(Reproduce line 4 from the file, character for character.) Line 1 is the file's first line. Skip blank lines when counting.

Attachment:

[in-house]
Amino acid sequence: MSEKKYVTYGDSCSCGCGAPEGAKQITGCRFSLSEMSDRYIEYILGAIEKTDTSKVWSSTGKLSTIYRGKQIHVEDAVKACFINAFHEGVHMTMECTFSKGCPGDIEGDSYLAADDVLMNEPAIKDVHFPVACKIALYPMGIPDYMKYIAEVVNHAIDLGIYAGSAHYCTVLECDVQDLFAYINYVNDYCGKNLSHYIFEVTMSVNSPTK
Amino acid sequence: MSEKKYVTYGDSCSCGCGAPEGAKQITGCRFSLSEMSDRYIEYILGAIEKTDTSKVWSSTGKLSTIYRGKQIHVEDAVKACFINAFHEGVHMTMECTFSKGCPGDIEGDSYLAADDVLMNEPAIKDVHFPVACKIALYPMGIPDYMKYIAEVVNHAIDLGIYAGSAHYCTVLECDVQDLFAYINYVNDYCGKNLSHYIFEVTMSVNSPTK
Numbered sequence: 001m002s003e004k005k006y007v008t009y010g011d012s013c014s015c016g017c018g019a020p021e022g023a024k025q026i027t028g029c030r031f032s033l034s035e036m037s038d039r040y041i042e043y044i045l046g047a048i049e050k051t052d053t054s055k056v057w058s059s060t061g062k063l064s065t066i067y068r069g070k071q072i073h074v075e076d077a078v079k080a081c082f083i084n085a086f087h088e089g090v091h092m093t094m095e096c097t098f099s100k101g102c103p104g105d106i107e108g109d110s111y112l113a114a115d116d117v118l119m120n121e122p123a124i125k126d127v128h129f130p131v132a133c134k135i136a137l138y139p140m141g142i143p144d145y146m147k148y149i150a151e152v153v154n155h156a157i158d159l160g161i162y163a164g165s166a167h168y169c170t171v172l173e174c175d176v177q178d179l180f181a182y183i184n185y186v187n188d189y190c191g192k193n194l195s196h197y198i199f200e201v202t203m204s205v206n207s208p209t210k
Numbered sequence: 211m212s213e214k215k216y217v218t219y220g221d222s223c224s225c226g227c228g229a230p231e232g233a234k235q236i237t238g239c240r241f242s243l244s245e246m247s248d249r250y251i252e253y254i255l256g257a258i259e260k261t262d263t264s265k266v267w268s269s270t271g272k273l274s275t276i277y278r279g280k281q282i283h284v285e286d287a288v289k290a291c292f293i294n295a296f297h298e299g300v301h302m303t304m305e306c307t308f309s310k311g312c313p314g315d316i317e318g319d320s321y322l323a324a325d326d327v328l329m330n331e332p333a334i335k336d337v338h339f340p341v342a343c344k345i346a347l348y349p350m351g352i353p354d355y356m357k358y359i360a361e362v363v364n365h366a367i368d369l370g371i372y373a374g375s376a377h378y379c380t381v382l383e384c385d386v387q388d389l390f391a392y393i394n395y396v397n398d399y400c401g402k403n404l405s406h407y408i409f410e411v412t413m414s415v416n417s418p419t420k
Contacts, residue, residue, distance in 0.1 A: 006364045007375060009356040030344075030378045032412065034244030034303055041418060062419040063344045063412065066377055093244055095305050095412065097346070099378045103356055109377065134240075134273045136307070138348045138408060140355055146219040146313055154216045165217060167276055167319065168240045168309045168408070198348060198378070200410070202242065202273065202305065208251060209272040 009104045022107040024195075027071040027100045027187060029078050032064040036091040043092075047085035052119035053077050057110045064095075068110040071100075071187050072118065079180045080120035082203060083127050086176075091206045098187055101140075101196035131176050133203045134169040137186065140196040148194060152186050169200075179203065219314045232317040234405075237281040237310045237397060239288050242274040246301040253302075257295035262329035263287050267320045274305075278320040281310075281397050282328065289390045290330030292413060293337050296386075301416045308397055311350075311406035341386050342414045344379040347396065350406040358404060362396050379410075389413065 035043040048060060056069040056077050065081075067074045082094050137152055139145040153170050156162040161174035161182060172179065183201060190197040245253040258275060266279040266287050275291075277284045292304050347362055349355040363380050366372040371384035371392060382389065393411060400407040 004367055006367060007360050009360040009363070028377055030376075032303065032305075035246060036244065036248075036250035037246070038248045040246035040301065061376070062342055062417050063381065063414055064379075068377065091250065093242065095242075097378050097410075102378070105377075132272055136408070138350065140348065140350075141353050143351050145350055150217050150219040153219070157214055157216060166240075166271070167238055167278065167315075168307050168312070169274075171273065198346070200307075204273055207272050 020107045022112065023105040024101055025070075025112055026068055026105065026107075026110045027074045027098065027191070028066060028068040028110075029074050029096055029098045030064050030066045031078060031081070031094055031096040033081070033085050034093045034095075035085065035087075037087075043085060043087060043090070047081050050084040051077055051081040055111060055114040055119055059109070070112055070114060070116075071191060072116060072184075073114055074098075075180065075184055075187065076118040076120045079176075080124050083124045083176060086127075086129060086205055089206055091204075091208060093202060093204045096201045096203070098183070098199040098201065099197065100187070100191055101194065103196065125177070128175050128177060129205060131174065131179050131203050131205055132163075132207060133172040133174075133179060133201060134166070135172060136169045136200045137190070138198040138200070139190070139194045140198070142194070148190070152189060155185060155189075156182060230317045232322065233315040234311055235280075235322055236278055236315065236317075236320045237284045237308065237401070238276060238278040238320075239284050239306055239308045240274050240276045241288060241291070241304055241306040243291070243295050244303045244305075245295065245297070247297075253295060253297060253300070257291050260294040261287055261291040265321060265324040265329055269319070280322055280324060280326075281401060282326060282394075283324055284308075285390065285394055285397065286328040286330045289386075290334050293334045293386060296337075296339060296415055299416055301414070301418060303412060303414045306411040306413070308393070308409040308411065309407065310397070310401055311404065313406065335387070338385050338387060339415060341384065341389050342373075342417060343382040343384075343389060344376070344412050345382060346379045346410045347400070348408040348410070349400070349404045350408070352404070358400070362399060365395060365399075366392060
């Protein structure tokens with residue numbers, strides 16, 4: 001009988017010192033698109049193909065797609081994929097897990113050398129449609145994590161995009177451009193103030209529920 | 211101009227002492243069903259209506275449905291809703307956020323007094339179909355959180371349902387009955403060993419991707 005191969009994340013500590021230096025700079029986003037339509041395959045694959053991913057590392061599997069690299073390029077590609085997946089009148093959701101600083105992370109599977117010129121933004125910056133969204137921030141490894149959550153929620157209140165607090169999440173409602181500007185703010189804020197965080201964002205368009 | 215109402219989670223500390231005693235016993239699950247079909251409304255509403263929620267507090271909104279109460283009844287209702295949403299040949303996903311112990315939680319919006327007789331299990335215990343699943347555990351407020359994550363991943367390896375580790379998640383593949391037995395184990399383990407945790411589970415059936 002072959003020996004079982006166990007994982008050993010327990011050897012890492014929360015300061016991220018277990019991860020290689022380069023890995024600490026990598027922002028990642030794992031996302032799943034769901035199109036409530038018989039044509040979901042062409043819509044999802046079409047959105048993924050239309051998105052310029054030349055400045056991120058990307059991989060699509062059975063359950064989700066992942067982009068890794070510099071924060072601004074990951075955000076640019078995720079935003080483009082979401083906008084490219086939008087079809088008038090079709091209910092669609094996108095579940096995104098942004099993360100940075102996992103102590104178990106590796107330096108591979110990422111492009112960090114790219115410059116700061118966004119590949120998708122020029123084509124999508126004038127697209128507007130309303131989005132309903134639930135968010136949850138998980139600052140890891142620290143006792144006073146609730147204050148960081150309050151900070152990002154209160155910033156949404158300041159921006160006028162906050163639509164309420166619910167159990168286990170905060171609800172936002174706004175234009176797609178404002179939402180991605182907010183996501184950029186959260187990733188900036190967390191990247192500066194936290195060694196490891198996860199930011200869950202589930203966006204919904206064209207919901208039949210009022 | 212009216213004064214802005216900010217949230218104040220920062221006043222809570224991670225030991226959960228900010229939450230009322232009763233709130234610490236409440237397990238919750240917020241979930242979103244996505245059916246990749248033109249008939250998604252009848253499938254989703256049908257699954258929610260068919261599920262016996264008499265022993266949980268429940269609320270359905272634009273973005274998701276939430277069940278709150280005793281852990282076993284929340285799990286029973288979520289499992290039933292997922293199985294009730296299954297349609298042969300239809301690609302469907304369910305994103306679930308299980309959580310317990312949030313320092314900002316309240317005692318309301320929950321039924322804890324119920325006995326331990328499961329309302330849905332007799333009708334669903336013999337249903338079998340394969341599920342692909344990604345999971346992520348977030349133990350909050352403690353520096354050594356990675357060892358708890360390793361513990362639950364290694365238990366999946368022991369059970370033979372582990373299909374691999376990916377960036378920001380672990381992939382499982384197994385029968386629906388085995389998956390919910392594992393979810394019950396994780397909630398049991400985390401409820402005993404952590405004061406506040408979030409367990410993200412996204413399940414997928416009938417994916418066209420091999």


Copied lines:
Numbered sequence: 001m002s003e004k005k006y007v008t009y010g011d012s013c014s015c016g017c018g019a020p021e022g023a024k025q026i027t028g029c030r031f032s033l034s035e036m037s038d039r040y041i042e043y044i045l046g047a048i049e050k051t052d053t054s055k056v057w058s059s060t061g062k063l064s065t066i067y068r069g070k071q072i073h074v075e076d077a078v079k080a081c082f083i084n085a086f087h088e089g090v091h092m093t094m095e096c097t098f099s100k101g102c103p104g105d106i107e108g109d110s111y112l113a114a115d116d117v118l119m120n121e122p123a124i125k126d127v128h129f130p131v132a133c134k135i136a137l138y139p140m141g142i143p144d145y146m147k148y149i150a151e152v153v154n155h156a157i158d159l160g161i162y163a164g165s166a167h168y169c170t171v172l173e174c175d176v177q178d179l180f181a182y183i184n185y186v187n188d189y190c191g192k193n194l195s196h197y198i199f200e201v202t203m204s205v206n207s208p209t210k